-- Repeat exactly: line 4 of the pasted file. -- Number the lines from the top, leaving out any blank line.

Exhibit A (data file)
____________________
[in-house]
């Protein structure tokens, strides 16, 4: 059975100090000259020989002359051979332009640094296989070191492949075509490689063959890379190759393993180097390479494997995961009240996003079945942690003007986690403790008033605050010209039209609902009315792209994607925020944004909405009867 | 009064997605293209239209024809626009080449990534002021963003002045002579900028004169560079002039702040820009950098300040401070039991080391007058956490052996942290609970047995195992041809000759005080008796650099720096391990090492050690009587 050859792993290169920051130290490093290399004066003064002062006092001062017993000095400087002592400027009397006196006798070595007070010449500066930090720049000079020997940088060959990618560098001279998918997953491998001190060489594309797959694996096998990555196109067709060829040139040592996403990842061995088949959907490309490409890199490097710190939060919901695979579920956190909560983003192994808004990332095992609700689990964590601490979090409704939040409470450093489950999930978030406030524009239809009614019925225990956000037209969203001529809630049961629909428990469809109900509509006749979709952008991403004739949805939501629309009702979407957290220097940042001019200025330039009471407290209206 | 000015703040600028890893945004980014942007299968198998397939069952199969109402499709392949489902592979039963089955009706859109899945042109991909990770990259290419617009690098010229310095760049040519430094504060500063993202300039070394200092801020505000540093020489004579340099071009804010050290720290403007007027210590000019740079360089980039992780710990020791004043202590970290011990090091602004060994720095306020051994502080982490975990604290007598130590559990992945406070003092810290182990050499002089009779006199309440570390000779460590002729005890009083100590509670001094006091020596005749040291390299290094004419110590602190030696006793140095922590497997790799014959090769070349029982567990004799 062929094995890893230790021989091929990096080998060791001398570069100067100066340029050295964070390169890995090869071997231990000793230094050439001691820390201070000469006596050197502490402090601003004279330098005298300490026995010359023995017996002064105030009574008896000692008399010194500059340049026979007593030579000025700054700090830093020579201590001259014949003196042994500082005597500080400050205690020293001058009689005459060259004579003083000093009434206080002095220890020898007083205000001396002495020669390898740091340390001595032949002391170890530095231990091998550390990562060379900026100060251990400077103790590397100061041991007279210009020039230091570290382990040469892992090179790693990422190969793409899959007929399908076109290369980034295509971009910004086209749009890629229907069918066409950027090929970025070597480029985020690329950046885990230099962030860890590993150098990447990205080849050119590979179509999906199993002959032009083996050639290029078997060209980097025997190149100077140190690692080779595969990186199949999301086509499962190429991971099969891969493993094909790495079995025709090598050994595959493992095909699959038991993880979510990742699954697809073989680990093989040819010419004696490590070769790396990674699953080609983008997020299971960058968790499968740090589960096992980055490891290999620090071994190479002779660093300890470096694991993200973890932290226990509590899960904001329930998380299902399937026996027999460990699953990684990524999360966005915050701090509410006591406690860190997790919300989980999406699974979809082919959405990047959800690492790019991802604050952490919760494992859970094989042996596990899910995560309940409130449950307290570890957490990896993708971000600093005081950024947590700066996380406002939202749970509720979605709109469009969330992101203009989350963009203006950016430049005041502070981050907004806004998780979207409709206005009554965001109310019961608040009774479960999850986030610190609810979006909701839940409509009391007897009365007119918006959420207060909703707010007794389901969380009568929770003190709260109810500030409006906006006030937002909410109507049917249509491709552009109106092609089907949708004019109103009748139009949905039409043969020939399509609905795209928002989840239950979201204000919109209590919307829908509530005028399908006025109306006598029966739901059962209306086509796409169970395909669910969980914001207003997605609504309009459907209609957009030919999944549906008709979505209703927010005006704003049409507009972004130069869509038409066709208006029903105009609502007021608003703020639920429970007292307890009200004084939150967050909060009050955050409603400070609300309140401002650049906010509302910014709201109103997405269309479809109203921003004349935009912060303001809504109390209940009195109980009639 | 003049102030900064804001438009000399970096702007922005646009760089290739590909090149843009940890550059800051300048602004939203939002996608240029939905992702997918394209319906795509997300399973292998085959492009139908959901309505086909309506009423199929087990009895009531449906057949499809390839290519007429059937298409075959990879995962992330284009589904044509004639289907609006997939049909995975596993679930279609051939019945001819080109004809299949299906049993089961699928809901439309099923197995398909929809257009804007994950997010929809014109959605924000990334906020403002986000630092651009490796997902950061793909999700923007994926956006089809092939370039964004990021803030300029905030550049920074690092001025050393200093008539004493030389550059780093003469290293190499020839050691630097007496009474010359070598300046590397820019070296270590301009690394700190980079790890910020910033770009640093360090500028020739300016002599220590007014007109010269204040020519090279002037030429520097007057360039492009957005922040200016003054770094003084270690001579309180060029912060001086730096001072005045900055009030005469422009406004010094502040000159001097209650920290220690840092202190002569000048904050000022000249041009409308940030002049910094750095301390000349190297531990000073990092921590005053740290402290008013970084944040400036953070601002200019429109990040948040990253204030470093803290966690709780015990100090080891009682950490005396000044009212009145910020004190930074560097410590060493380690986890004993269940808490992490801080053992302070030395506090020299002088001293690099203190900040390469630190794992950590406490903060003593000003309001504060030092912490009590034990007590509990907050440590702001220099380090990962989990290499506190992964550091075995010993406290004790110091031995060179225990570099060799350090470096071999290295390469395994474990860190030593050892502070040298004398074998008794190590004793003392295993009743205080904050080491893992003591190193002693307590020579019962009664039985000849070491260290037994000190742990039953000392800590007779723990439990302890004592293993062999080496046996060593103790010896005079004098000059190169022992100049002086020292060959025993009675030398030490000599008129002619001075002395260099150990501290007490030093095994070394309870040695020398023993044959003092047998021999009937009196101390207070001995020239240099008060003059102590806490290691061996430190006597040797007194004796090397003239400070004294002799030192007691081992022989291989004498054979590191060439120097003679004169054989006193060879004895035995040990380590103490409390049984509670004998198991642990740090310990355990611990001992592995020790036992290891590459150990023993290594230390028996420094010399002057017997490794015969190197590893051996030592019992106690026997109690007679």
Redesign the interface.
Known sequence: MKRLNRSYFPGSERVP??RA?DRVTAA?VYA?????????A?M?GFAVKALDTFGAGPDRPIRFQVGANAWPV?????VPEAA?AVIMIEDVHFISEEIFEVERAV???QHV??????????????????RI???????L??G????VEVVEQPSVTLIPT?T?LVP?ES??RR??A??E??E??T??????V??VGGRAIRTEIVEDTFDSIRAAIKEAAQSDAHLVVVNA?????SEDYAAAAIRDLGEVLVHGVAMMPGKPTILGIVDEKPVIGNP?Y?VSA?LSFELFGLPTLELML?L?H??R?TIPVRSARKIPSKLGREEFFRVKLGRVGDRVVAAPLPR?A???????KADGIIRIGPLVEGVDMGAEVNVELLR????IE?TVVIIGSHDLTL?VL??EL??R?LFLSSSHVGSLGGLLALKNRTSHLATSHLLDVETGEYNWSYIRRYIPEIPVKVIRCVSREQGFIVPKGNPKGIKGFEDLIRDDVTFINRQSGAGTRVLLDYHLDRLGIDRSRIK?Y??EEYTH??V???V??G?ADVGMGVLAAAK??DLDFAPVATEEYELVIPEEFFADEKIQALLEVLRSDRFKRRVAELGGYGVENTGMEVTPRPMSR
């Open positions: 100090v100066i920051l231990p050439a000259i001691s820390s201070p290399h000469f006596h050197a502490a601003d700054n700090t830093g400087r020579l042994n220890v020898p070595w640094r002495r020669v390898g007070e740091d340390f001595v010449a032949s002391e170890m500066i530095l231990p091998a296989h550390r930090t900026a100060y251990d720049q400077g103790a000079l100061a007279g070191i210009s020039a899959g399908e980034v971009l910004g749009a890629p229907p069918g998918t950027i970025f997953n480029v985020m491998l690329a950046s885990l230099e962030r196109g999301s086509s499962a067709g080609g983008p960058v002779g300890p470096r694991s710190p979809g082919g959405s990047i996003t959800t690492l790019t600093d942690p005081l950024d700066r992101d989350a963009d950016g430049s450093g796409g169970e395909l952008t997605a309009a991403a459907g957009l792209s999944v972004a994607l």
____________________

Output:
Known sequence: MKRLNRSYFPGSERVP??RA?DRVTAA?VYA?????????A?M?GFAVKALDTFGAGPDRPIRFQVGANAWPV?????VPEAA?AVIMIEDVHFISEEIFEVERAV???QHV??????????????????RI???????L??G????VEVVEQPSVTLIPT?T?LVP?ES??RR??A??E??E??T??????V??VGGRAIRTEIVEDTFDSIRAAIKEAAQSDAHLVVVNA?????SEDYAAAAIRDLGEVLVHGVAMMPGKPTILGIVDEKPVIGNP?Y?VSA?LSFELFGLPTLELML?L?H??R?TIPVRSARKIPSKLGREEFFRVKLGRVGDRVVAAPLPR?A???????KADGIIRIGPLVEGVDMGAEVNVELLR????IE?TVVIIGSHDLTL?VL??EL??R?LFLSSSHVGSLGGLLALKNRTSHLATSHLLDVETGEYNWSYIRRYIPEIPVKVIRCVSREQGFIVPKGNPKGIKGFEDLIRDDVTFINRQSGAGTRVLLDYHLDRLGIDRSRIK?Y??EEYTH??V???V??G?ADVGMGVLAAAK??DLDFAPVATEEYELVIPEEFFADEKIQALLEVLRSDRFKRRVAELGGYGVENTGMEVTPRPMSR